In iOS 12, you'll be able to set your own app limitations. It probably wouldn't hurt to limit yourself to less than an hour of social media use per day, right? That's the idea.
To that end, Apple is also adding activity usage reports. Even if you don't want to voluntary limit your app usage, perhaps seeing how much time you've spent scrolling through Facebook will convince you.
Additionally, iOS 12 is expanding out the concept of Do Not Disturb mode to a new Do Not Disturb During Bedtime mode. Instead of simply silencing your phone's ringer and vibrations, it will also withhold on-screen notifications.
5. FaceTime is getting support for up to 32 people at once!
You already know it and probably love it — the video calling service FaceTime is expanding out massively with support for up to 32 participants in iOS 12.
Moreover, you can bring your Memoji right into FaceTime. Become the stylized koala you've always wanted to be!
FaceTime with that many users means organization is key. To that end, whoever is speaking will show up as the largest square, and you can tap individual people to focus on them even if they're not speaking.
BONUS: A few important details about iOS 12 for iPhone/iPad users.
iOS 12 is the next major version of Apple's mobile operating system, which runs on iPhones and iPads. It costs nothing, and is expected to arrive this fall.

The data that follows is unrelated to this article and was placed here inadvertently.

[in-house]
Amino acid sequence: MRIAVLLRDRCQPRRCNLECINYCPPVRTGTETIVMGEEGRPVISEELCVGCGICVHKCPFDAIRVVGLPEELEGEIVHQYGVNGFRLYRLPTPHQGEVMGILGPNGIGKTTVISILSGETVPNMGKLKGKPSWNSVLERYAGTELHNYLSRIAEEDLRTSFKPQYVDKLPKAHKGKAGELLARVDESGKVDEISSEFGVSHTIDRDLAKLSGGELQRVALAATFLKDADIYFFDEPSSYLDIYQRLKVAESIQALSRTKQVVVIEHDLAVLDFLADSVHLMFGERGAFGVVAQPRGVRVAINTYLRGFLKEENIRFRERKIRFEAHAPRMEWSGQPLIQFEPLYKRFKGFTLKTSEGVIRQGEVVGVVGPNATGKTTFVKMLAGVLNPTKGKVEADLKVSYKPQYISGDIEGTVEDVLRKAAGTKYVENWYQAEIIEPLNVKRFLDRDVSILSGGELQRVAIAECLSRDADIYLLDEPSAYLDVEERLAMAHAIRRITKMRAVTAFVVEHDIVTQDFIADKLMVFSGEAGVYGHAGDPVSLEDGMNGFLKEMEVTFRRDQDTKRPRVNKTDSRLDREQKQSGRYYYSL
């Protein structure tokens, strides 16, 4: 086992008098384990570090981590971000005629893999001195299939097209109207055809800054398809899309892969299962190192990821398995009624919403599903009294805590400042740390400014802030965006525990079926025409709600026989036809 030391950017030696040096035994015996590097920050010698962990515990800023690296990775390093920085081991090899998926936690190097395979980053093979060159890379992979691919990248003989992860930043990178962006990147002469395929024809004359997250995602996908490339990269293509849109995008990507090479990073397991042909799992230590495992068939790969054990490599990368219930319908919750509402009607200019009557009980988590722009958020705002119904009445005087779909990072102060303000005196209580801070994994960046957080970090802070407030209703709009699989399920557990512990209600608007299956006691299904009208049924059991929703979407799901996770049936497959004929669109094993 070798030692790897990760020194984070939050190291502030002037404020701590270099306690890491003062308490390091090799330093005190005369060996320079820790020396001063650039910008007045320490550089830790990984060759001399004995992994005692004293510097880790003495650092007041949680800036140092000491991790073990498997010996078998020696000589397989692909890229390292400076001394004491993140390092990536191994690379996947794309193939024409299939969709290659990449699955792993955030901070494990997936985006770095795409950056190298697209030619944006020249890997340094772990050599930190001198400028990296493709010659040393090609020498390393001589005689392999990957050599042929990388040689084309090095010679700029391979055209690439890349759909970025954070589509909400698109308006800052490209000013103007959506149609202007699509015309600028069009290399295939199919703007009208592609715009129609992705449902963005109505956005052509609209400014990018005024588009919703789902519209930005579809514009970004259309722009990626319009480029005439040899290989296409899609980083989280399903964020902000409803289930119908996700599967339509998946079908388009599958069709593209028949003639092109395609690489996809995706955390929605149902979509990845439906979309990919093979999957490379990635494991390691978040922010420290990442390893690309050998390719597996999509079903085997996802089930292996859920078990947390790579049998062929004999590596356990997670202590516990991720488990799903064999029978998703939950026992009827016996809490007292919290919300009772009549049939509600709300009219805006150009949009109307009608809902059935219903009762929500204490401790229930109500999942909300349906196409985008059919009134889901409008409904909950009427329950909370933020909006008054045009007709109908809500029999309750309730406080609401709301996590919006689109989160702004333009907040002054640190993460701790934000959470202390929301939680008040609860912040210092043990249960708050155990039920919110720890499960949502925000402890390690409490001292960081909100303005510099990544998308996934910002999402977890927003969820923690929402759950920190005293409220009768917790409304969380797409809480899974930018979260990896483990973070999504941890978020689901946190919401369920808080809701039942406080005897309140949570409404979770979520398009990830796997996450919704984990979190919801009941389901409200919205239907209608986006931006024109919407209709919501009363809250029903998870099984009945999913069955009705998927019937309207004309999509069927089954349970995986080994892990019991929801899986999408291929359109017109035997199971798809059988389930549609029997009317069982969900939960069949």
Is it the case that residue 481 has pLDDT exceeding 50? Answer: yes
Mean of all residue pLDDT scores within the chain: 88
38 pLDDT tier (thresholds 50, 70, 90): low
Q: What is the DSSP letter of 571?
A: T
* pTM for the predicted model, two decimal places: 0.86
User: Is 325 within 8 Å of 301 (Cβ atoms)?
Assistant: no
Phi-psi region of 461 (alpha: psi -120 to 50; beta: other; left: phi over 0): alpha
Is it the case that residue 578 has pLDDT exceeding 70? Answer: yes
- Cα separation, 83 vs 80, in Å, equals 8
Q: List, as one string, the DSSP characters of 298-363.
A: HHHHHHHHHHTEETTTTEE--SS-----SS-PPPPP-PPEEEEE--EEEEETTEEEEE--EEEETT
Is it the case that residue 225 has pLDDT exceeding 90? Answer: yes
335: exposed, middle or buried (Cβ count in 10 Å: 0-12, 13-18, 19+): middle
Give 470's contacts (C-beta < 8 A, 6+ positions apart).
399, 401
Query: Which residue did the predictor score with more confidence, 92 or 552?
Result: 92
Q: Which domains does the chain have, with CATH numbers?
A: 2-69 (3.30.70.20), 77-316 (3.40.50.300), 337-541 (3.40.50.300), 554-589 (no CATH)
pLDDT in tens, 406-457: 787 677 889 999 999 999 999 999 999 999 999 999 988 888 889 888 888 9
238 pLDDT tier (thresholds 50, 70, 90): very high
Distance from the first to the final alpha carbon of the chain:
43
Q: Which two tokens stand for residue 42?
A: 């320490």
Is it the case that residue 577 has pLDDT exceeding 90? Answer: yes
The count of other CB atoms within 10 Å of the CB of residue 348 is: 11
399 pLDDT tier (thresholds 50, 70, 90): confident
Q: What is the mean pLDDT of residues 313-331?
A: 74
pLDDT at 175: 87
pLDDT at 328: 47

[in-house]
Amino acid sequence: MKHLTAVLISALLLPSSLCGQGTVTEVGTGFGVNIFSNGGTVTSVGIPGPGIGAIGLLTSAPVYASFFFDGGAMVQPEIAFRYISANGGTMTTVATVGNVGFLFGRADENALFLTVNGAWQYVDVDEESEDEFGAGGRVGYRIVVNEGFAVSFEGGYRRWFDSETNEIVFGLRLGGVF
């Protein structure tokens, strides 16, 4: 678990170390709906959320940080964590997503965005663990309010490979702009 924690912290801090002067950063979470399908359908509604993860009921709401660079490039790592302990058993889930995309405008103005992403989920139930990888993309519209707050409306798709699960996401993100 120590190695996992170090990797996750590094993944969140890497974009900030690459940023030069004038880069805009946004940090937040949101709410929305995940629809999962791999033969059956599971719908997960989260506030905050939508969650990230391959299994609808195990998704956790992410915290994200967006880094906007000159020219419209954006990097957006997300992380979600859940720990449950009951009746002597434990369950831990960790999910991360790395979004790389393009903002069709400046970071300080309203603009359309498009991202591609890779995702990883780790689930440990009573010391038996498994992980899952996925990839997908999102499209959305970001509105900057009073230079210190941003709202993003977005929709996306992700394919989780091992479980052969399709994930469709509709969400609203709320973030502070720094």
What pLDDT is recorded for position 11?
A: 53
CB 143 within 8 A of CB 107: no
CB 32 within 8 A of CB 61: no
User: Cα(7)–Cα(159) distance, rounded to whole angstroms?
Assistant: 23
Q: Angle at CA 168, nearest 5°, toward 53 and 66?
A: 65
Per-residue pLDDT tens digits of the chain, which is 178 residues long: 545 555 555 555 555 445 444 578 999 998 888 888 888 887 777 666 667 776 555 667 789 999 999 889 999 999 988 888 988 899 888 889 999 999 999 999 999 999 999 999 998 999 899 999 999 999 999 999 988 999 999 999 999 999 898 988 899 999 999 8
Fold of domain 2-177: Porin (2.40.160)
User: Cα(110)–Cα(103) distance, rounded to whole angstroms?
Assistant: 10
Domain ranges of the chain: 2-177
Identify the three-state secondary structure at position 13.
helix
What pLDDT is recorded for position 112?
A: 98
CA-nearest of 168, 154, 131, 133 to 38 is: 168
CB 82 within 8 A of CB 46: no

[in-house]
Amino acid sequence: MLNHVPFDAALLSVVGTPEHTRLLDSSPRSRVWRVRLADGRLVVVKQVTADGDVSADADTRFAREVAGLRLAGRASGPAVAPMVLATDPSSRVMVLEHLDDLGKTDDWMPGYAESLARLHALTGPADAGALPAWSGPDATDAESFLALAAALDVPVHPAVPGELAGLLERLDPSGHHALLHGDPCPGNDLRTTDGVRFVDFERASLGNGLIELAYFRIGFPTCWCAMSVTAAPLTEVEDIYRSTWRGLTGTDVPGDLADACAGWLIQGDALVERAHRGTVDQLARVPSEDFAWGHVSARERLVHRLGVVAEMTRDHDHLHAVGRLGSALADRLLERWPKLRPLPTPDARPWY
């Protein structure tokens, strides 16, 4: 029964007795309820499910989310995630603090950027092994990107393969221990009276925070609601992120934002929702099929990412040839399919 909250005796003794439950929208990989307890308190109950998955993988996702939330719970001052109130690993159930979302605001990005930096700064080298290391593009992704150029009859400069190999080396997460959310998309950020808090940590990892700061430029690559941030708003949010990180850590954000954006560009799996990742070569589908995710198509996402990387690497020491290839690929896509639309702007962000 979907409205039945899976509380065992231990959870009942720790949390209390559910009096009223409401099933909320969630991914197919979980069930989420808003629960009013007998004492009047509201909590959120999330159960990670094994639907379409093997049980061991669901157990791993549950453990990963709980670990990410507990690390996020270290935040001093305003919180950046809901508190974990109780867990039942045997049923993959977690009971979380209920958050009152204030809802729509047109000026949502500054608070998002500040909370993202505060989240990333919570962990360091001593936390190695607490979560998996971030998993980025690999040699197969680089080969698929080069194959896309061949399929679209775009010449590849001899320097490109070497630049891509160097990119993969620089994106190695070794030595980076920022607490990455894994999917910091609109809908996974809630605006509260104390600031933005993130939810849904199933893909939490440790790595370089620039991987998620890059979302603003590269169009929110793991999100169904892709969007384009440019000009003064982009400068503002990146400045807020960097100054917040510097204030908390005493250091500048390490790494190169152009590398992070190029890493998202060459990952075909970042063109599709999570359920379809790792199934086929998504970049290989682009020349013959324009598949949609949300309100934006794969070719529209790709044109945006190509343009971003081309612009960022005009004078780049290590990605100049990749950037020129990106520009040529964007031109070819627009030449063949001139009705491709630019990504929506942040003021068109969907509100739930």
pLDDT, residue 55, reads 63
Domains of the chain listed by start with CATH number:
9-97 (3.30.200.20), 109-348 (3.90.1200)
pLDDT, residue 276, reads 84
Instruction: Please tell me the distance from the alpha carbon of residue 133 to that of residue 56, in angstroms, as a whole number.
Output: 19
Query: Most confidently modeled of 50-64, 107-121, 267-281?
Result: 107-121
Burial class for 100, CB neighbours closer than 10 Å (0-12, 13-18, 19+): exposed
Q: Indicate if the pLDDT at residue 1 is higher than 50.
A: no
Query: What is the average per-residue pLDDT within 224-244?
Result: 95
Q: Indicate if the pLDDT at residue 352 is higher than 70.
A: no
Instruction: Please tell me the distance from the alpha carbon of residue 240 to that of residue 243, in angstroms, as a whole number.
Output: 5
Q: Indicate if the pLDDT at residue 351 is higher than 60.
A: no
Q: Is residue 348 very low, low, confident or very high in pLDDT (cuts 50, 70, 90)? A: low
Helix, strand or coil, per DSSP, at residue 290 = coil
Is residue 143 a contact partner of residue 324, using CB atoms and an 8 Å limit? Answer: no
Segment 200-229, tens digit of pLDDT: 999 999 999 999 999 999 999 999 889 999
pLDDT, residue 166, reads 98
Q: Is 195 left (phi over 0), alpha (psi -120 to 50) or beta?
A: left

Apple hasn't given it an official release date, but the new version of iOS usually launches alongside the new iPhone in September. A developer preview of iOS 12 is available now for members of Apple's developer program, and a public beta is planned for later this month.
iOS 12 runs on the iPhone 5s and later, all iPad Air and iPad Pro models, iPad 5th generation, iPad 6th generation, iPad mini 2 and later and iPod touch 6th generation.
BONUS 2: Apple CarPlay is finally getting support for Google Maps and Waze in iOS 12 Finally:
Apple's CarPlay system will allow iPhone users to navigate using Google Maps and Waze. Finally!
Previously, CarPlay would only allow for Apple Maps. It's a small change, but a momentous one if you're anything like the millions of other people who prefer Google Maps to Apple Maps.